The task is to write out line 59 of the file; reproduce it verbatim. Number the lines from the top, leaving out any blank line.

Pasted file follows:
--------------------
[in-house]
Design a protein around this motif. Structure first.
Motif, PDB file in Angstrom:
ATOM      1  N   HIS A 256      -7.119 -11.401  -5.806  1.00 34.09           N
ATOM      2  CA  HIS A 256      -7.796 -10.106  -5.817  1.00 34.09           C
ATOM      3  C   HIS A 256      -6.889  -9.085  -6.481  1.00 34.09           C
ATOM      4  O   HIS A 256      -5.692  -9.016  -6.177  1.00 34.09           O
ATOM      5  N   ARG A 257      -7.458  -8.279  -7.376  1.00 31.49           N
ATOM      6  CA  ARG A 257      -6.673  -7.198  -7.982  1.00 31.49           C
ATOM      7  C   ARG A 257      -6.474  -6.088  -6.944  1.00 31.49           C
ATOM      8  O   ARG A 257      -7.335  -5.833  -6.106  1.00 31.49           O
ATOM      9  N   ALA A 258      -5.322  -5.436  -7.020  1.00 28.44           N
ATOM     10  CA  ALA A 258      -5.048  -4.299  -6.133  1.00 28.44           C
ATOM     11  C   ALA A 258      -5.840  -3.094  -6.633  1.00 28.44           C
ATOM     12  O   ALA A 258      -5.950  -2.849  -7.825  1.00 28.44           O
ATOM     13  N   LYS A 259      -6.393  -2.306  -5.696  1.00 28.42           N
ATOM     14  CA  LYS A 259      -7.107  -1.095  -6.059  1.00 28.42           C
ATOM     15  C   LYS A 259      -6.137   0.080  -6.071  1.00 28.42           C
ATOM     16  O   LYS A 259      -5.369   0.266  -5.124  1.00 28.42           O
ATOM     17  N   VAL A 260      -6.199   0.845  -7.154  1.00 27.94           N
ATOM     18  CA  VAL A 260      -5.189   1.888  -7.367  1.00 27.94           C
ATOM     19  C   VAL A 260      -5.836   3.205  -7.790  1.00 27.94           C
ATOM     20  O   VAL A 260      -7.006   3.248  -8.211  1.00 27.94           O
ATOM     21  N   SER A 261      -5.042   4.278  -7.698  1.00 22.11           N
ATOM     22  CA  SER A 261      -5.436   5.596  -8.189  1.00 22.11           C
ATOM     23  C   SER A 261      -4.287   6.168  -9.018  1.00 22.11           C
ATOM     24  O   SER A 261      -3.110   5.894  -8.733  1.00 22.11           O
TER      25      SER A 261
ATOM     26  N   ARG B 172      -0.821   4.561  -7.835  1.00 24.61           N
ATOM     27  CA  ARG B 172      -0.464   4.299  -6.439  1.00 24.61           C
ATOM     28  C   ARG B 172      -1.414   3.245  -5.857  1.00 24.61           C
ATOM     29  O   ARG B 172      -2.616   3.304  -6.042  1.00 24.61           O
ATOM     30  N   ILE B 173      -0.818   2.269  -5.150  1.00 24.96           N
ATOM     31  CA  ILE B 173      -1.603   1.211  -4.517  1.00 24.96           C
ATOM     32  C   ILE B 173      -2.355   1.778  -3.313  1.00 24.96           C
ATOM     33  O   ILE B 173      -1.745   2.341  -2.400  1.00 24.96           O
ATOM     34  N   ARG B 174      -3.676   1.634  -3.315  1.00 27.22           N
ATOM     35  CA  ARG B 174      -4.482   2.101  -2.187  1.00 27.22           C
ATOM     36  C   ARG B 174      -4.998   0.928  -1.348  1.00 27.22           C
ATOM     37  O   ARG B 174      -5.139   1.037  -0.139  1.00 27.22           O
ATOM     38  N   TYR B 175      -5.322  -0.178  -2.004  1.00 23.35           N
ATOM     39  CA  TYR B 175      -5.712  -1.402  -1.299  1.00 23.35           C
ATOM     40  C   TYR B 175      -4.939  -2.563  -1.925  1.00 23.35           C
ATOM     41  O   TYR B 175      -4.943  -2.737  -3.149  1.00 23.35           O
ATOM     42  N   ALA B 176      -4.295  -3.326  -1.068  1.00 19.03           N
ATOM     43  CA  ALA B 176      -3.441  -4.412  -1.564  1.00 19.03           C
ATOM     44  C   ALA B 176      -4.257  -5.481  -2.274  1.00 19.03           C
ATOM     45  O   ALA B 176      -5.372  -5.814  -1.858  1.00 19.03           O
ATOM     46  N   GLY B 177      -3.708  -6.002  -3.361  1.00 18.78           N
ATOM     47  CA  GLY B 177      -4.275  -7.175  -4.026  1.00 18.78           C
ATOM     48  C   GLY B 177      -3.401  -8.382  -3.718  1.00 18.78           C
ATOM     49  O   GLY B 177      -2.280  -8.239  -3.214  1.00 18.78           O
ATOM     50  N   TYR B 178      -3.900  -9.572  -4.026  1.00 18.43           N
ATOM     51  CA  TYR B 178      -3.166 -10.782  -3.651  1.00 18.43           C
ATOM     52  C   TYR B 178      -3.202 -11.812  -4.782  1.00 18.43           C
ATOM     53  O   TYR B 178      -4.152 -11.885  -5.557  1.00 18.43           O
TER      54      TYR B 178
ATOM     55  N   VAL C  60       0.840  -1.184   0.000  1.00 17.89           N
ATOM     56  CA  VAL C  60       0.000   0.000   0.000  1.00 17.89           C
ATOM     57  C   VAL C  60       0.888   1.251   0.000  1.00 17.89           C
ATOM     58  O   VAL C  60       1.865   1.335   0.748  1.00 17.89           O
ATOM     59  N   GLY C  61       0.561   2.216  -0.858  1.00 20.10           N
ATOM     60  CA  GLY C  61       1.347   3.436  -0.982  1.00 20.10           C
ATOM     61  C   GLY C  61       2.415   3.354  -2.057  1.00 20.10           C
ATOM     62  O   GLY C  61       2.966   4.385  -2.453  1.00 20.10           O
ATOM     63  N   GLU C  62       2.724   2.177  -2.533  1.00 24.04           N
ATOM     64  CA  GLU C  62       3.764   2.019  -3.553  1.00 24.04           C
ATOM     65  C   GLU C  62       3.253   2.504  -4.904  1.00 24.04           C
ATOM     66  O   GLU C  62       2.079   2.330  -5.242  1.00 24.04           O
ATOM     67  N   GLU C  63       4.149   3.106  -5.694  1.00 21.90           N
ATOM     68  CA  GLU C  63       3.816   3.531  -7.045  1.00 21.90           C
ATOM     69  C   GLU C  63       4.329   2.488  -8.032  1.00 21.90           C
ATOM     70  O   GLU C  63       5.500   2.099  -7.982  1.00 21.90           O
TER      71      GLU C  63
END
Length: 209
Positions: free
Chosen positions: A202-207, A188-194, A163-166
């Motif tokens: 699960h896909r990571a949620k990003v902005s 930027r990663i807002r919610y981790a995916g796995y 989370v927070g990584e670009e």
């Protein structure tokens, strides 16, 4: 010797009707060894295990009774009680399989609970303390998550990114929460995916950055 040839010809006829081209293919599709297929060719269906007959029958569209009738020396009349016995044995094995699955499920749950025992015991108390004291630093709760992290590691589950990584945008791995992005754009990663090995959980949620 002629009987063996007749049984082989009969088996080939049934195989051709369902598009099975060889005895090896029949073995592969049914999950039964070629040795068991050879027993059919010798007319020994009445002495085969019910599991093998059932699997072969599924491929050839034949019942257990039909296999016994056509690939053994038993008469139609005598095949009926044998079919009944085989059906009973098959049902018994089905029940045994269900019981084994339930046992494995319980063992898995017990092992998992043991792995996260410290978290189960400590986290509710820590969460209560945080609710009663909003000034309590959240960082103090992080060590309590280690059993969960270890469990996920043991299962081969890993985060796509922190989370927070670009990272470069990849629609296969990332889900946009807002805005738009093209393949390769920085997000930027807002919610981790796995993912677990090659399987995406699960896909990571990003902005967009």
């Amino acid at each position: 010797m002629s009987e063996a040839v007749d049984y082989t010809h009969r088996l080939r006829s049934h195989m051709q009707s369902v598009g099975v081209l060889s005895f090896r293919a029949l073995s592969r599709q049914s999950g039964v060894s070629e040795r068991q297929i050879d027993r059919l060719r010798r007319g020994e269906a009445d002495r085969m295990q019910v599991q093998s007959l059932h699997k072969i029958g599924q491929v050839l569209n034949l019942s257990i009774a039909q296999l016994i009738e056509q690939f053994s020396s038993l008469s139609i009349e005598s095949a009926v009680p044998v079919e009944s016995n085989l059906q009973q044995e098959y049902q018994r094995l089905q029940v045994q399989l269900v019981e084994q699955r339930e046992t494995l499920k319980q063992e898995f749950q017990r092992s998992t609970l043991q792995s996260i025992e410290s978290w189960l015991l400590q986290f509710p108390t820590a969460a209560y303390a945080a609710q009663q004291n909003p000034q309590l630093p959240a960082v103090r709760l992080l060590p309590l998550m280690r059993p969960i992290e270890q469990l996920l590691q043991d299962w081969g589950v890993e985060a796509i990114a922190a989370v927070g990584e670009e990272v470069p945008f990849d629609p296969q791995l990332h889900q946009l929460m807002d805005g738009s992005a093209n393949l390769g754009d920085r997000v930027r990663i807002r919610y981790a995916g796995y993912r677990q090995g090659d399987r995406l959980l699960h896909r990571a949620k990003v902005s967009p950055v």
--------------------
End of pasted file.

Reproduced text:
ATOM     56  CA  VAL C  60       0.000   0.000   0.000  1.00 17.89           C